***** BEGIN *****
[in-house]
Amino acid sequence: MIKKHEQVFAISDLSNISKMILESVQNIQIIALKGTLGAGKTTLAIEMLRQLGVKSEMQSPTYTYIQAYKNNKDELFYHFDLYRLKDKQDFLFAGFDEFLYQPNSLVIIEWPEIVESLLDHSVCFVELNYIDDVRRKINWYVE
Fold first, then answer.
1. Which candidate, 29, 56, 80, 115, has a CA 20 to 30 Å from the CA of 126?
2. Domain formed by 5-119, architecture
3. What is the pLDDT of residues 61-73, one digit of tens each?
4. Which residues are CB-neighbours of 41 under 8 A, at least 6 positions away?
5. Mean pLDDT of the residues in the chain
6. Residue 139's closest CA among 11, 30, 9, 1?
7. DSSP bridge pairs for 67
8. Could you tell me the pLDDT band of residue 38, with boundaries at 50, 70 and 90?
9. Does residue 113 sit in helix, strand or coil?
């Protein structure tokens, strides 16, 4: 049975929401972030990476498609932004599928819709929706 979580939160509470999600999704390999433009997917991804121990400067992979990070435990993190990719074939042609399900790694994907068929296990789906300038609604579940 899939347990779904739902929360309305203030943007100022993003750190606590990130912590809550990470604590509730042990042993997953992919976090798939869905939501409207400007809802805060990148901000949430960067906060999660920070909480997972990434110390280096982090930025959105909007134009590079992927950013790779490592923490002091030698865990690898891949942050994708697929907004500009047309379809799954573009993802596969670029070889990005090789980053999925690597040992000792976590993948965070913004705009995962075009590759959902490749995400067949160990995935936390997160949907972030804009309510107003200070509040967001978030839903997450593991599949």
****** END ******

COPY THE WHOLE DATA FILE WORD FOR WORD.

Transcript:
[in-house]
Amino acid sequence: MIKKHEQVFAISDLSNISKMILESVQNIQIIALKGTLGAGKTTLAIEMLRQLGVKSEMQSPTYTYIQAYKNNKDELFYHFDLYRLKDKQDFLFAGFDEFLYQPNSLVIIEWPEIVESLLDHSVCFVELNYIDDVRRKINWYVE
Fold first, then answer.
1. Which candidate, 29, 56, 80, 115, has a CA 20 to 30 Å from the CA of 126?
2. Domain formed by 5-119, architecture
3. What is the pLDDT of residues 61-73, one digit of tens each?
4. Which residues are CB-neighbours of 41 under 8 A, at least 6 positions away?
5. Mean pLDDT of the residues in the chain
6. Residue 139's closest CA among 11, 30, 9, 1?
7. DSSP bridge pairs for 67
8. Could you tell me the pLDDT band of residue 38, with boundaries at 50, 70 and 90?
9. Does residue 113 sit in helix, strand or coil?
């Protein structure tokens, strides 16, 4: 049975929401972030990476498609932004599928819709929706 979580939160509470999600999704390999433009997917991804121990400067992979990070435990993190990719074939042609399900790694994907068929296990789906300038609604579940 899939347990779904739902929360309305203030943007100022993003750190606590990130912590809550990470604590509730042990042993997953992919976090798939869905939501409207400007809802805060990148901000949430960067906060999660920070909480997972990434110390280096982090930025959105909007134009590079992927950013790779490592923490002091030698865990690898891949942050994708697929907004500009047309379809799954573009993802596969670029070889990005090789980053999925690597040992000792976590993948965070913004705009995962075009590759959902490749995400067949160990995935936390997160949907972030804009309510107003200070509040967001978030839903997450593991599949």